Midnight Sun, Arctic Moon: Mapping the Wild Heart of Alaska by Mary Albanese


Midnight Sun, Arctic Moon: Mapping the Wild Heart of Alaska Reviewed by Caryn St. Clair

While the summer heats up across the country, readers looking for an easy escape from the heat need go no further than Mary Albanese’s memoir of her time in Alaska titled, Midnight Sun, Arctic Moon: Mapping the Wild Heart of Alaska. Born and raised in upstate New York, all Mary wanted to do was to see the world. When she finished her undergraduate degrees in Earth Science, Environmental Studies and Art, plus teaching certificate in Science Education, Mary thought she’d be a shoo in for a teaching job in Alaska. After all, she’d read they were desperate for teachers. But when school districts passed on her application because she was from New York- a state that had earned a reputation for no shows up north, Mary set out on her own to find a way to move to Alaska. Given that she obviously enjoyed school (see above degrees), she decided to apply to master programs in Alaska in both Education and Geology. When she was accepted into both, she headed north to make her choice and start her new life. All of this takes readers only twenty pages or so into the two hundred plus page book.

Starting with her first impressions of Alaska as she steps off the plane some thirty years ago, readers are treated to an insider’s look at Alaska like none other. Sent almost immediately out to the Brooks Range, Mary begins to show readers exactly how brutal the far North’s climate can be-even in the summer. That really sets the tone for the entire book-the breath taking beauty of the untamed versus the harsh reality of facing the elements day in and day out and doing it with no back up support. Her geological expeditions took her into areas so remote they had never been mapped and miles-in some cases hundreds of miles-from help of any kind. Any mistake or misjudgment up here could mean your life. This is brought home to readers very early on in the book when Mary literally has to drag, carry and bribe a fellow student six long miles back to camp when the man was succumbing to hypothermia and wanted to lie down and go to sleep. As it turns out, that episode was mild compared to what laid ahead for Mary over the years. And yet, that very ruggedness seemed to be the very attraction for a number of quite colorful, “living on the edge” characters readers meet.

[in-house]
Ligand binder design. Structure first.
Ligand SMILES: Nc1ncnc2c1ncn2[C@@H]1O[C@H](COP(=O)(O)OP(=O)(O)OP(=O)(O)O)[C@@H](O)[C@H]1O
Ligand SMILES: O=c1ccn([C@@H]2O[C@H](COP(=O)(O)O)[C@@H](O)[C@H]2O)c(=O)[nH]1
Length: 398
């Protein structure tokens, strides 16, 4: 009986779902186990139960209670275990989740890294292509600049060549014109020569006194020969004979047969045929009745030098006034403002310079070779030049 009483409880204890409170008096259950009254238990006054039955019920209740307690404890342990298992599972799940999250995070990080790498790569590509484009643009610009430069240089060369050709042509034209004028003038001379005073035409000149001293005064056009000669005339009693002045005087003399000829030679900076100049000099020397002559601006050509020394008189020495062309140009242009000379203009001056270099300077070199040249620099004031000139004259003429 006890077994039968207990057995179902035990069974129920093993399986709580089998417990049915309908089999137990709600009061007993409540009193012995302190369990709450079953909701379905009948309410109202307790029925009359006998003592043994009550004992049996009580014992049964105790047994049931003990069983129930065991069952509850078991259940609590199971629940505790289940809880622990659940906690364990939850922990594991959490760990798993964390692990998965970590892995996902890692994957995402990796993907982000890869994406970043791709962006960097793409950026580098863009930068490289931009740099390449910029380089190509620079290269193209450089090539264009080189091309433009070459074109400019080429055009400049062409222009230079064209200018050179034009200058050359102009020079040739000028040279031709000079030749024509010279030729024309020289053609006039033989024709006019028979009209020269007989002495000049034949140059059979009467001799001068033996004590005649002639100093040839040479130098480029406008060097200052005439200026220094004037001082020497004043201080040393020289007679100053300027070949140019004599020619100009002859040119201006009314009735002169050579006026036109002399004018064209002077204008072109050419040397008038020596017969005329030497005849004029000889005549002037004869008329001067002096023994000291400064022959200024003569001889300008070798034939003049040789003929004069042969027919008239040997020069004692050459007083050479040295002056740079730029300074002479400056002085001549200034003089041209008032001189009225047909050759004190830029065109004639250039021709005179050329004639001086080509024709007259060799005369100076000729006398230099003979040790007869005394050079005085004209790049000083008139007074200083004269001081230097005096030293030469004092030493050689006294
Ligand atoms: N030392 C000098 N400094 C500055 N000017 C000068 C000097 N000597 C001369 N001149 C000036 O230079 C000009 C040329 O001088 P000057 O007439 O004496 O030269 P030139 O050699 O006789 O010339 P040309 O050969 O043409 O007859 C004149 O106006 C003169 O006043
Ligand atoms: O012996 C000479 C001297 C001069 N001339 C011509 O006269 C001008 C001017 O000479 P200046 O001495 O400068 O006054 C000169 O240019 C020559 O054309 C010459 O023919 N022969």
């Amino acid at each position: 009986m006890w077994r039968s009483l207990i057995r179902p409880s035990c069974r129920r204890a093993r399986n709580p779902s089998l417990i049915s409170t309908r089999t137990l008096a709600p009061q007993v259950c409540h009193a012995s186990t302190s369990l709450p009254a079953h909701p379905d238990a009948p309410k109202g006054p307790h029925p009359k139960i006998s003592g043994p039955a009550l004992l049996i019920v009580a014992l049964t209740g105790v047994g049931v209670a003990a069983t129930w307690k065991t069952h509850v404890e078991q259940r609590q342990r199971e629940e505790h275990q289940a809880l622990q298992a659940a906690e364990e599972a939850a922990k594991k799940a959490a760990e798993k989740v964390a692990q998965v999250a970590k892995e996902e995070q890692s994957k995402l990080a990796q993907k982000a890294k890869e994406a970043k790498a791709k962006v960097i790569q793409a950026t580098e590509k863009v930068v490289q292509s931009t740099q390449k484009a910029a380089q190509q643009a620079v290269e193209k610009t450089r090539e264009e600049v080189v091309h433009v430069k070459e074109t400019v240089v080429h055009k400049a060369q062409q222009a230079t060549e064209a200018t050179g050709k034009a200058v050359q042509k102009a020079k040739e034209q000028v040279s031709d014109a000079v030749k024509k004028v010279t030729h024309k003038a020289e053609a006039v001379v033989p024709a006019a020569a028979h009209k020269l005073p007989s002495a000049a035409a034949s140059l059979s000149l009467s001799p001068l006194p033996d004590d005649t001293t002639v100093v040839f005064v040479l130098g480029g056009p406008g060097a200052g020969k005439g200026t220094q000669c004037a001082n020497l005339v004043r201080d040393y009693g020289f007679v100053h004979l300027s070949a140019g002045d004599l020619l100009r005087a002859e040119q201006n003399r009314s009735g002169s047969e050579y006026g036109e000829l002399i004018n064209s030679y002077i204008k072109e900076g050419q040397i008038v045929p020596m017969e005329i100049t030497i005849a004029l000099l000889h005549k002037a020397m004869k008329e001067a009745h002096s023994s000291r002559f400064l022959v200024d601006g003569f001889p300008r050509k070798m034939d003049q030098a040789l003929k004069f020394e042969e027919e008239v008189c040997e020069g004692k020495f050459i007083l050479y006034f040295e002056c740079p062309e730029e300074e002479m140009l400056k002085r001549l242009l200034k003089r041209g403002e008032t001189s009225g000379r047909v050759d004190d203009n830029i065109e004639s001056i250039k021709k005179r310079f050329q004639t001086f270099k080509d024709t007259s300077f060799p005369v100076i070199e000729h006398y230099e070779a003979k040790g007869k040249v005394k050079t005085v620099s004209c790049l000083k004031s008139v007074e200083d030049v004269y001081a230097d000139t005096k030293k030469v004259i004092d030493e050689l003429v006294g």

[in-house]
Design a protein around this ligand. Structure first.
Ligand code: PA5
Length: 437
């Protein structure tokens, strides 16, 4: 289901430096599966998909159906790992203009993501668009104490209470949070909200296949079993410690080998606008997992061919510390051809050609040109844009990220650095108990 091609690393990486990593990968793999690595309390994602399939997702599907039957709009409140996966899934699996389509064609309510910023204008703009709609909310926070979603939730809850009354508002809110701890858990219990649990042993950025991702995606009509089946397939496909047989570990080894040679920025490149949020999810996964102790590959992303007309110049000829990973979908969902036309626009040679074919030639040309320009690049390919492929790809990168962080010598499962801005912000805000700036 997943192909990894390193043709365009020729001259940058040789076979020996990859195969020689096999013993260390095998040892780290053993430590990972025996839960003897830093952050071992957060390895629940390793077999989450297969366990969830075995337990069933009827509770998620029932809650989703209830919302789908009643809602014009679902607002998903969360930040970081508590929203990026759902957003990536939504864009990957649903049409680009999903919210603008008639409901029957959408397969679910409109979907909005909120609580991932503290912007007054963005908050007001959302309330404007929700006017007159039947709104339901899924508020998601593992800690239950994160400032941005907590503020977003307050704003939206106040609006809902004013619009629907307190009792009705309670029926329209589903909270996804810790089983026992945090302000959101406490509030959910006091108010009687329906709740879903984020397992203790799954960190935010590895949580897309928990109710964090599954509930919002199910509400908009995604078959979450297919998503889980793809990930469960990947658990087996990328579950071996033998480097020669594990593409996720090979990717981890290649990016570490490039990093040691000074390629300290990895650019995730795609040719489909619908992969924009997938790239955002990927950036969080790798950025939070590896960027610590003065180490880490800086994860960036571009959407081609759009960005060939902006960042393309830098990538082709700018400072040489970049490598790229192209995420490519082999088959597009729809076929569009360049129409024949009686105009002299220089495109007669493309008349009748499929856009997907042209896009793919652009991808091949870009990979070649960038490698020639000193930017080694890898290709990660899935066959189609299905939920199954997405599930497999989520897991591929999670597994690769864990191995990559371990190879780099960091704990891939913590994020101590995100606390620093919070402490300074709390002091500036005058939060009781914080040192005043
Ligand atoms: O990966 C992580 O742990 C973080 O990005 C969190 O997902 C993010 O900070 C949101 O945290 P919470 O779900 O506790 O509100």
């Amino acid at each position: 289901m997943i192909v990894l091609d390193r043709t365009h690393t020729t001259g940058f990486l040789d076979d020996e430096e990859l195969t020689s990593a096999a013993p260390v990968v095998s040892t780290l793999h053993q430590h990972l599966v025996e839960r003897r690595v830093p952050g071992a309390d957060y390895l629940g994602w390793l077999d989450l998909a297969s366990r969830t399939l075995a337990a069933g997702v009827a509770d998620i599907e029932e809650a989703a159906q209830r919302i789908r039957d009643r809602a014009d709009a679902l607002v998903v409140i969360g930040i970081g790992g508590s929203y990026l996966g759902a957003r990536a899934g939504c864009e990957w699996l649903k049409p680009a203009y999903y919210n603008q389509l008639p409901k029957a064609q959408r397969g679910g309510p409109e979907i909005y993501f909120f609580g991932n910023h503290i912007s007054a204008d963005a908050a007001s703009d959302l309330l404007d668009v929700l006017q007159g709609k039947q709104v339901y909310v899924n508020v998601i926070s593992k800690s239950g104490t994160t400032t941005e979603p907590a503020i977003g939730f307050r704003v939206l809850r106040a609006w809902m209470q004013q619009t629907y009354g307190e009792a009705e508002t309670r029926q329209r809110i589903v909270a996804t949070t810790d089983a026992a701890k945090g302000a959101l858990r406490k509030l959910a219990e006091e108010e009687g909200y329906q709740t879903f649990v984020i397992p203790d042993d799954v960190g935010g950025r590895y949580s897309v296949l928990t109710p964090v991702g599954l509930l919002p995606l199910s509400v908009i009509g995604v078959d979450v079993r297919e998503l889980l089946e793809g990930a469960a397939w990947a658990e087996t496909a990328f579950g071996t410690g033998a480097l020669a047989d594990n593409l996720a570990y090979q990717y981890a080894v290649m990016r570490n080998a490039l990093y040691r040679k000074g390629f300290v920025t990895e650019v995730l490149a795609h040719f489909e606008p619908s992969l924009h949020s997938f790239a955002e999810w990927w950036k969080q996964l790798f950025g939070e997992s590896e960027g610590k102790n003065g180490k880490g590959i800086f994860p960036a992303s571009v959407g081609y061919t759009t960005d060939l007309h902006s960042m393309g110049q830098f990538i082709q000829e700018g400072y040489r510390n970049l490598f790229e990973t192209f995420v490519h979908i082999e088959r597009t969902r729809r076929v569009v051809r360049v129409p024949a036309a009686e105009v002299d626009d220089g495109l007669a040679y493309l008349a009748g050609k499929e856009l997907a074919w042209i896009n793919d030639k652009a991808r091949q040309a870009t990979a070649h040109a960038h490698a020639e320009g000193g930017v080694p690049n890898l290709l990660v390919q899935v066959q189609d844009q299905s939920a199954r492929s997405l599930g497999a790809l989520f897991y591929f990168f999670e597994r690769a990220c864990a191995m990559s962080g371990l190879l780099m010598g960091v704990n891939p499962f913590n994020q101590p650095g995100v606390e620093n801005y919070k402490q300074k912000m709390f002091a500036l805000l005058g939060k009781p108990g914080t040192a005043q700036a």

There are two things that really make this book. The author’s mantra for life “If at first you don’t succeed, try something that’s harder,” was seen in her decisions throughout the book. Not many readers would be willing to do even a fraction of the things Albanese attempted. Secondly, the description of the far north is just breathtaking. I’m sure that as the years have passed, some of the wildness of the state north of Fairbanks has been lost, but because of the harsh environment, hopefully it will forever be America’s last Frontier.

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